parks. It is my opinion, that, provided the boundary can be properly disa:uised, the 
largest parks need not exceed two or three hundred acres, else they are apt to become 
farms within a pale, or they are forests rather than parks. 


man of taste must admire: of this scene, as it now exists, I have 
endeavoured to give a faint idea. Among the trees is seen 
part of the colonade that joins the east wing to the body of the 
.house: from the general character of this scenery, we cannot but 
suppose this to be a fragment of some ruined Grecian temple, 
and no part of a modern inhabited palace. Hence it is evident 
that the mind cannot associate the ideas of elegance with neglect, 
or perfect repair and neatness with ruin and decay: such objects, 
therefore, however picturesque in themselves, are incongruous 
and misplaced, if near such a palace as Attingham. 

St-^.^.te.- a^ ^//^iii^^wW>»*< 


Another mistake of the admirers of painters' landscape is, 
the difference in the quantity of a natural and an artificial com-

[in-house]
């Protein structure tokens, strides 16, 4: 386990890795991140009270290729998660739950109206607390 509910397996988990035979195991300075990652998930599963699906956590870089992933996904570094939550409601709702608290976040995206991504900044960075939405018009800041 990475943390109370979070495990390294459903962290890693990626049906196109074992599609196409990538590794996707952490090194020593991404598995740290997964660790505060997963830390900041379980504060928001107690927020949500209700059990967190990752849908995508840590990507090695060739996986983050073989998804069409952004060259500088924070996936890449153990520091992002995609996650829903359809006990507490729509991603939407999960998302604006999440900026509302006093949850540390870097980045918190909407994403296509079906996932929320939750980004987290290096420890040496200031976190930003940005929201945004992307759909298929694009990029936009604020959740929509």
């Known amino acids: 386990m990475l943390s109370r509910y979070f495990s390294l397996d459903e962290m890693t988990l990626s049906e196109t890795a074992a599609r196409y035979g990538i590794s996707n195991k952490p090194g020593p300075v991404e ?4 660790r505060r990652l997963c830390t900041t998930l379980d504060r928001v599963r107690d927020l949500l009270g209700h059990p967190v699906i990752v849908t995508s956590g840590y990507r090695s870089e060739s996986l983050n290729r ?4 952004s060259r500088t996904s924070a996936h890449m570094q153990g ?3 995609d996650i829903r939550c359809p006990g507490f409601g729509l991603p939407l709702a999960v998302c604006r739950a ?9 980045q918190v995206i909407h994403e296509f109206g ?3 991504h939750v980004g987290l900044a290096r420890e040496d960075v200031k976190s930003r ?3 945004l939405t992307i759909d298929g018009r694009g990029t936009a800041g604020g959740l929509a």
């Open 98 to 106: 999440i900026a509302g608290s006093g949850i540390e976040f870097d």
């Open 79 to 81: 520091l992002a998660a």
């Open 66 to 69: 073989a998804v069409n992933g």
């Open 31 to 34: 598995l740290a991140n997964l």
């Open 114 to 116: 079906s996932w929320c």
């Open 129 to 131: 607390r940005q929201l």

position: the finest pictures of Claude (and here again I may 
refer to a picture at Attingham) seldom consist of more than 
one-fifth of that field of vision which the eye can with ease 
behold without any motion of the head, viz. about 20 degrees 
out of 90; and we may farther add, that without moving: the 
body, our field of vision is extended to J 80 degrees. 

Now it is obvious that the picture of Claude already men- 
tioned, which is between four and five feet long, if it had been 
extended to 20 or 30 feet, would not have been so pleasing a 
composition; because, instead of a picture, it would have resem- 
bled a panorama. This I may further instance in the view from 
the breakfast room, consisting of a distant range of mountains, 
by far too long for any picture. Yet a small part of this view 
might furnish a subject for the painter, by supposing a tree to 
form the foreground of the landscape. Are we then to plant 
such a tree.^ or a succession of such trees, to divide the Avhole 
field of vision into separate landscapes.^ and would not such an